Alphabet by Google turns into a trillion-dollar company!

17 Jan 2020 Friday
Alphabet by Google turns into a trillion-dollar company!
Zeki Topçu
Zeki Topçu Editor

Alphabet by Google is the technology giant and became the fourth US company which reaches to $1tn rating – behind Apple, Microsoft and Amazon,

Google Alphabet is the fourth US company to reach this rating – behind with $1.4 billion behind Apple and $1.27 billion behind Microsoft, with Amazon now worth $931 billion. 

Google Alphabet turns into a trillion-dollar company!

Google Alphabet turns into a trillion-dollar company

According to Guardian, it's a remarkable rise for Alphabet, which floated as Google for $85 a share in 2004. After its initial public offering, Silicon Valley was worth $23 billion. 

It followed its tech rivals Microsoft, Apple and Amazon over the $1tn mark, in the middle of a long rally in the so-called Faang market.

Google's value has steadily increased as it strengthened its grasp on the search market, improved its advertising revenue from web searches and YouTube, developed and expanded the Android mobile operating system, and introduced a range of smart-tech products, including Google Home and Google Assistant.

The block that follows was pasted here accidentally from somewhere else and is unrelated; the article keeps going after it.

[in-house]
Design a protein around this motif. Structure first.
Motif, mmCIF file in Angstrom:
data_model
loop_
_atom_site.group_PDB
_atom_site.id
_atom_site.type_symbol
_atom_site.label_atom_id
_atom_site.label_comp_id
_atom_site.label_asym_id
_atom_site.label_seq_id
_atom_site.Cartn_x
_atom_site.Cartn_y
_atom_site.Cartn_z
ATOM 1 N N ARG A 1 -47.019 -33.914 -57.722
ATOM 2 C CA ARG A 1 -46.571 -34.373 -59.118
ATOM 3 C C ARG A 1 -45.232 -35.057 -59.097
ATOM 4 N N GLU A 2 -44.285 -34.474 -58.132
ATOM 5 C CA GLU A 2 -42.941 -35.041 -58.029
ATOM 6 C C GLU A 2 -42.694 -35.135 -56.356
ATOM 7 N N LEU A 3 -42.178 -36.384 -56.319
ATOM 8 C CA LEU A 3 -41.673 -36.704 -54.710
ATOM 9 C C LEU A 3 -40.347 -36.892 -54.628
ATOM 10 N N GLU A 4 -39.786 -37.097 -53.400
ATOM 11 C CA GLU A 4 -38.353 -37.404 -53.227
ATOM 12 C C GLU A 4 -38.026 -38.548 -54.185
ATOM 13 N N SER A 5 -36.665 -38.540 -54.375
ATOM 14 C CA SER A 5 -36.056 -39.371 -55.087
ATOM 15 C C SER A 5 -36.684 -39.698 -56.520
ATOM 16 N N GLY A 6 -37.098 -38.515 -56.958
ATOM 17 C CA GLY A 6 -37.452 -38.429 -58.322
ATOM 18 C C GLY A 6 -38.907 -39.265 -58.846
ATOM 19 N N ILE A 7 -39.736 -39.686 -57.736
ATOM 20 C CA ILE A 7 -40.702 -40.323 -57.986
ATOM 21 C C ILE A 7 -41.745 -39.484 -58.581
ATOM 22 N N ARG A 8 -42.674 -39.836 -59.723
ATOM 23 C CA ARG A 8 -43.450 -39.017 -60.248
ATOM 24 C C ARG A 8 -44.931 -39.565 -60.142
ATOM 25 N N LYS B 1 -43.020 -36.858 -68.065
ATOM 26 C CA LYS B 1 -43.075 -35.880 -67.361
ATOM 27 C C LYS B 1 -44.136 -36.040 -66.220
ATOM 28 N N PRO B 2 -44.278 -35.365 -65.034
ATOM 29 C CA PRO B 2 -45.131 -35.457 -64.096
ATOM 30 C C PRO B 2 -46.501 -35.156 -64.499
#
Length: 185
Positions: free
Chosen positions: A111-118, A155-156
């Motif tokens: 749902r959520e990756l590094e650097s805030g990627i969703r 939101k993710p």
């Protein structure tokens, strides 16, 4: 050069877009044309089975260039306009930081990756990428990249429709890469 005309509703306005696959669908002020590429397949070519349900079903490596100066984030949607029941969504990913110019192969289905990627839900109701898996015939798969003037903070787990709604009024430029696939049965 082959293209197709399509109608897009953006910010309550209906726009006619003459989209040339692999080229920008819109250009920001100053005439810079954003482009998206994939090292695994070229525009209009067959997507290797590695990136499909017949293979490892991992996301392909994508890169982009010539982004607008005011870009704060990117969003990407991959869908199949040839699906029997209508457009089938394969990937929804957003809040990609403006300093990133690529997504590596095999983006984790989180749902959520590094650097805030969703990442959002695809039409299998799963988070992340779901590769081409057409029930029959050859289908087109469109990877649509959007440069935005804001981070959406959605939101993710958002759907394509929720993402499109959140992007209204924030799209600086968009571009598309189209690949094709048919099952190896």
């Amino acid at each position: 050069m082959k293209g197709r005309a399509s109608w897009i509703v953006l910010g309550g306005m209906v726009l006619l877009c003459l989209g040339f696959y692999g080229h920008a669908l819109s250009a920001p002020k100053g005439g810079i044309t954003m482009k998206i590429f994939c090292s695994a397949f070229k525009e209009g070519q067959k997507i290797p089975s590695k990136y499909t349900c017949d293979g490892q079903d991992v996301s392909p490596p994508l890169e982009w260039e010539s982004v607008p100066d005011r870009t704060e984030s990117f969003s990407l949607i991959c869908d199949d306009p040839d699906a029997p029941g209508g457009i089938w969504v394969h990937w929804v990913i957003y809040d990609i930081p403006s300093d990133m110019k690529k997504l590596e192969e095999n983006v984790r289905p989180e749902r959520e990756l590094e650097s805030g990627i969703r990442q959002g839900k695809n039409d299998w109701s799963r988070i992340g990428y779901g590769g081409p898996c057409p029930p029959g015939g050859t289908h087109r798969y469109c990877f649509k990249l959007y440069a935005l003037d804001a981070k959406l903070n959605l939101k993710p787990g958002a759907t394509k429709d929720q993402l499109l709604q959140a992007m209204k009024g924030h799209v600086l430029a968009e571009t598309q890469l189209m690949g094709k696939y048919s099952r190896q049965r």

Alphabet may be aiming for new peaks, with some analysts predicting it might reach the $2tn mark.

"As Alphabet joins Apple, Microsoft and (from time to time) Amazon among the tech companies that have reached this level, it is just the start of the business. It still has considerably more room to grow. Both in its core online advertising business as it innovates in advertising monetization and formats and in its cloud computing sector," Rossbach said.

"The new multi-trillion dollar markets, such as healthcare, are also threatened by this technology. Its sizeable investments give Alphabet a sustainable competitive edge as it spreads this technology across its market. The Alphabet can be a $2tn company in the near future and is a compelling opportunity for long-term investors.''

Nevertheless, the technology sector is also faced with demands for increased privacy and antitrust legislation. Earlier this month, Google was accused of "losing its way" by its former head of international relations, who claims to prioritize profits over human rights.

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